At an even more advanced level, someone who recognizes dreamless sleep will also recognize the bardo of dharmata. For that person, there is no bardo of becoming—no more “dreams” of any sort. If they (the issue of identity here is complex, “they” at this point refers to the clear-light mind or formless awareness) do dream, or take on form, they do so lucidly, and therefore voluntarily. They can “come back” in any form whatsoever, with complete freedom of choice, to help others wake up to the freedom they literally embody. Without this lucidity and control, the rest of us reincarnate (re-form) involuntarily due to the force of habit, and will continue to do so ad infinitum until we become lucid to the process and take control. This control, of course, is nothing more than control over our own mind, just as the journey through the bardos is nothing more than a journey into our own mind.

Once again, dream yoga isn’t fundamentally about controlling your dreams. It’s about controlling your mind. There’s a popular saying in Tibet, “Based on my experience last night, I can infer I’m going to have a hard time in the bardos tomorrow.” This could be said by someone who has not prepared for the test. But for someone who has prepared, they can infer that they’ll have a good time in the bardos tomorrow. Instead of dreading the final exam, they look forward to passing it with flying colors. Instead of stressing out about death, they can relax, which is the core instruction for life and death.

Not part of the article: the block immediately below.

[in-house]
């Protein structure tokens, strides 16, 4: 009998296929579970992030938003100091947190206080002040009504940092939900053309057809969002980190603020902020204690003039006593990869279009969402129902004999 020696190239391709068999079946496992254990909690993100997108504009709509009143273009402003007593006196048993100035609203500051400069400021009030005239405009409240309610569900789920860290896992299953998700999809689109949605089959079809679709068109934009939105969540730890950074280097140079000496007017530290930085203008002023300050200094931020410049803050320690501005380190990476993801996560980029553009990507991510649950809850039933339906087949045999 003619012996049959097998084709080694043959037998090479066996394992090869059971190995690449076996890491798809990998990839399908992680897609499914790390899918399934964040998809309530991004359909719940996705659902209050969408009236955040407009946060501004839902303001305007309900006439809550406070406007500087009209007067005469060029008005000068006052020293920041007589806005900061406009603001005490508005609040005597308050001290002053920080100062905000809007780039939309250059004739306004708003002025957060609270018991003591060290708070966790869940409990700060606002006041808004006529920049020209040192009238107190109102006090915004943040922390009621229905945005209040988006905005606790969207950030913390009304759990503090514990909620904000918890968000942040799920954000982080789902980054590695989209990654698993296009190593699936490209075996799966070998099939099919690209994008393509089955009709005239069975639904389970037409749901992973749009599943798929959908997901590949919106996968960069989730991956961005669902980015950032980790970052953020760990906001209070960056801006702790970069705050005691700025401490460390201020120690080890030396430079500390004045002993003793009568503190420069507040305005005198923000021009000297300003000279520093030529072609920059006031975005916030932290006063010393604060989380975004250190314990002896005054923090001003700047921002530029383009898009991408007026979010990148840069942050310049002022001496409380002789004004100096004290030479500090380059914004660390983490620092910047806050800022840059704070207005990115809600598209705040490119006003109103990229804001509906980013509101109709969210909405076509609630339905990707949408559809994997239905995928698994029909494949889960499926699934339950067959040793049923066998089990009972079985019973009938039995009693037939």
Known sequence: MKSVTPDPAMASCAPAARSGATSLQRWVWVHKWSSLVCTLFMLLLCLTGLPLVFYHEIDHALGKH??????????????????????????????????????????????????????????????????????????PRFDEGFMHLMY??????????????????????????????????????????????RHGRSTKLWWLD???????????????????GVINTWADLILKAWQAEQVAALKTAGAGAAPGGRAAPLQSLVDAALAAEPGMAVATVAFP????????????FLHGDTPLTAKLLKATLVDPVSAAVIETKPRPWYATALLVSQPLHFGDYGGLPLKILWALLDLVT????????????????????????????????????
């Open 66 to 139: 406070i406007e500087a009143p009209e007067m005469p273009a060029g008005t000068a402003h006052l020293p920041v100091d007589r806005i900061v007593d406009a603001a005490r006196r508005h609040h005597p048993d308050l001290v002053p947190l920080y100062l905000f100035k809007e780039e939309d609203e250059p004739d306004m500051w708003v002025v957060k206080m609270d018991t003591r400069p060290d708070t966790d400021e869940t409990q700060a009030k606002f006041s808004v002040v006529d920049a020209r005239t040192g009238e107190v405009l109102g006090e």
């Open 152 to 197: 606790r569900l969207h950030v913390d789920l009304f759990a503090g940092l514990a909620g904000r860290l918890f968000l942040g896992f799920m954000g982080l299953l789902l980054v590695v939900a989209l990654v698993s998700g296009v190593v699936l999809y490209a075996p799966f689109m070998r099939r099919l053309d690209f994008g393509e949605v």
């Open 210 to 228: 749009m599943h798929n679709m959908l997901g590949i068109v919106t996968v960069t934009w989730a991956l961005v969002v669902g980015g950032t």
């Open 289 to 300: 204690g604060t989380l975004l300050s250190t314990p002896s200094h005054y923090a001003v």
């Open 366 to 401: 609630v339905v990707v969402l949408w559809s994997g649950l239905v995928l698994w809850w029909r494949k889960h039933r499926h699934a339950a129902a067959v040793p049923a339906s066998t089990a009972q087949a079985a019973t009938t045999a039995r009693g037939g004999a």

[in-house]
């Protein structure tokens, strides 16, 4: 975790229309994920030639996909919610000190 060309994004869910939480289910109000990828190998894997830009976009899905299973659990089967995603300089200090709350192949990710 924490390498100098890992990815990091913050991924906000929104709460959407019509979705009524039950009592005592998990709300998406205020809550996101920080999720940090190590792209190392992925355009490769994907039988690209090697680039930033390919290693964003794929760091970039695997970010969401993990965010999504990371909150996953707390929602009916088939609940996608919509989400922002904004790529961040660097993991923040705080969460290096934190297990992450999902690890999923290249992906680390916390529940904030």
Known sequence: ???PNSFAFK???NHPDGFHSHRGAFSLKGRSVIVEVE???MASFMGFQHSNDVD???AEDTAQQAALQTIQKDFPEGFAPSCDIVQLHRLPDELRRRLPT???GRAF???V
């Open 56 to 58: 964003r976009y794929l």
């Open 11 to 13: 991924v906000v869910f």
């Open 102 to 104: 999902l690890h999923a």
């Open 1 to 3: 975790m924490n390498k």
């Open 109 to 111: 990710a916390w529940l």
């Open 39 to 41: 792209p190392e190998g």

The threefold pattern we see in the bardo teachings, says Lakar Rinpoche, “does not only unfold in the process of dying and death: It is unfolding now, at this moment, at every moment, within our mind.” This, he says, “is a truly revolutionary insight, one which, when it is understood, changes our view of everything.”

And, of course, that pattern also unfolds each and every night. Everything unfolds within our mind. Waking, dreaming, sleeping, and dying are all voyages of the mind.

Join Andrew this August!

About Andrew Holecek

Andrew Holecek offers seminars internationally on meditation, lucid dreaming, and the art of dying. He is the author of many books, including Preparing to Die: Practical Advice and Spiritual Wisdom from the Tibetan Buddhist Tradition; Dream Yoga: Illuminating Your Life Through Lucid Dreaming and the Tibetan Yogas of Sleep; Dreams of Light: The Profound Daytime Practice of Lucid Dreaming, and The Power and the Pain: Transforming Spiritual Hardship into Joy. Dr. Holecek is a member of the American Academy of Sleep Medicine and the author of scientific papers on lucid dreaming. His work has appeared in Parabola, Lion’s Roar, Tricycle, Utne Reader, Buddhadharma Magazine, Light of Consciousness, and many other periodicals. He holds degrees in classical music, biology, and a doctorate in dental surgery.

1 reply
  1. Judy O’Brien says:

    My husband follows Andrew and is part of the group courses and discussions. I am just learning about the bardo and find it fascinating. I will pursue learning more about this bardo. Thank you.